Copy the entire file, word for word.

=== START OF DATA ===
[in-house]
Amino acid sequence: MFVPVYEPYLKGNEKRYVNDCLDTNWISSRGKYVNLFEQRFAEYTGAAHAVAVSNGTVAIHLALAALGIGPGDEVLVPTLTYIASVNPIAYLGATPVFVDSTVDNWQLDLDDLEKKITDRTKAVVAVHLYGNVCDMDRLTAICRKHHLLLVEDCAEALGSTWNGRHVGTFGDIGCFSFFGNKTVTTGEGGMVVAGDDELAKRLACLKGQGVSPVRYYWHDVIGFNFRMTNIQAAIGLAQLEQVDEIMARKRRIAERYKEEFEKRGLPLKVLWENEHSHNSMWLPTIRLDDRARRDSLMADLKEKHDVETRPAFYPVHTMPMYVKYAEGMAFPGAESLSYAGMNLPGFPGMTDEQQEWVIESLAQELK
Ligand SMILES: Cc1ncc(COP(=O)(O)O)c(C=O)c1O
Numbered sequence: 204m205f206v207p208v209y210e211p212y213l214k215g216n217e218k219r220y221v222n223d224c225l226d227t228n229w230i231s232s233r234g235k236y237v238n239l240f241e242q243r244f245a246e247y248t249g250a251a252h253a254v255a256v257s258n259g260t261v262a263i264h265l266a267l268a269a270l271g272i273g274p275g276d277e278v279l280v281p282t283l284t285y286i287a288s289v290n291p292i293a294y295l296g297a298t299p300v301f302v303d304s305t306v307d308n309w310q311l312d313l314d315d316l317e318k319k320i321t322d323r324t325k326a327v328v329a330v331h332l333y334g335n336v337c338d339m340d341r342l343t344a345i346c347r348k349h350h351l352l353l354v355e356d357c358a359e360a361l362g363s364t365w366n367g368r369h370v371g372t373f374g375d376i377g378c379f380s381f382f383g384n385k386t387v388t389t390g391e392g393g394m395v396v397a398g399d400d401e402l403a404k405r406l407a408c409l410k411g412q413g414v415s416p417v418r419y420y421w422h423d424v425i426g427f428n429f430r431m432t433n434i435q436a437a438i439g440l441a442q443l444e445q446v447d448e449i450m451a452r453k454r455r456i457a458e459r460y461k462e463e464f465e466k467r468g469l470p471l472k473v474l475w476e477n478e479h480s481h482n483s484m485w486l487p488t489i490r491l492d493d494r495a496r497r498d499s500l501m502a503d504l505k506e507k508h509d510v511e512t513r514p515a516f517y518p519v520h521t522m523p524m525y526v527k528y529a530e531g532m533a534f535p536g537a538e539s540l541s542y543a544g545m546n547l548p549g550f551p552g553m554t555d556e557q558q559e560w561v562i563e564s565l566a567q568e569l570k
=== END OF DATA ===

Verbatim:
[in-house]
Amino acid sequence: MFVPVYEPYLKGNEKRYVNDCLDTNWISSRGKYVNLFEQRFAEYTGAAHAVAVSNGTVAIHLALAALGIGPGDEVLVPTLTYIASVNPIAYLGATPVFVDSTVDNWQLDLDDLEKKITDRTKAVVAVHLYGNVCDMDRLTAICRKHHLLLVEDCAEALGSTWNGRHVGTFGDIGCFSFFGNKTVTTGEGGMVVAGDDELAKRLACLKGQGVSPVRYYWHDVIGFNFRMTNIQAAIGLAQLEQVDEIMARKRRIAERYKEEFEKRGLPLKVLWENEHSHNSMWLPTIRLDDRARRDSLMADLKEKHDVETRPAFYPVHTMPMYVKYAEGMAFPGAESLSYAGMNLPGFPGMTDEQQEWVIESLAQELK
Ligand SMILES: Cc1ncc(COP(=O)(O)O)c(C=O)c1O
Numbered sequence: 204m205f206v207p208v209y210e211p212y213l214k215g216n217e218k219r220y221v222n223d224c225l226d227t228n229w230i231s232s233r234g235k236y237v238n239l240f241e242q243r244f245a246e247y248t249g250a251a252h253a254v255a256v257s258n259g260t261v262a263i264h265l266a267l268a269a270l271g272i273g274p275g276d277e278v279l280v281p282t283l284t285y286i287a288s289v290n291p292i293a294y295l296g297a298t299p300v301f302v303d304s305t306v307d308n309w310q311l312d313l314d315d316l317e318k319k320i321t322d323r324t325k326a327v328v329a330v331h332l333y334g335n336v337c338d339m340d341r342l343t344a345i346c347r348k349h350h351l352l353l354v355e356d357c358a359e360a361l362g363s364t365w366n367g368r369h370v371g372t373f374g375d376i377g378c379f380s381f382f383g384n385k386t387v388t389t390g391e392g393g394m395v396v397a398g399d400d401e402l403a404k405r406l407a408c409l410k411g412q413g414v415s416p417v418r419y420y421w422h423d424v425i426g427f428n429f430r431m432t433n434i435q436a437a438i439g440l441a442q443l444e445q446v447d448e449i450m451a452r453k454r455r456i457a458e459r460y461k462e463e464f465e466k467r468g469l470p471l472k473v474l475w476e477n478e479h480s481h482n483s484m485w486l487p488t489i490r491l492d493d494r495a496r497r498d499s500l501m502a503d504l505k506e507k508h509d510v511e512t513r514p515a516f517y518p519v520h521t522m523p524m525y526v527k528y529a530e531g532m533a534f535p536g537a538e539s540l541s542y543a544g545m546n547l548p549g550f551p552g553m554t555d556e557q558q559e560w561v562i563e564s565l566a567q568e569l570k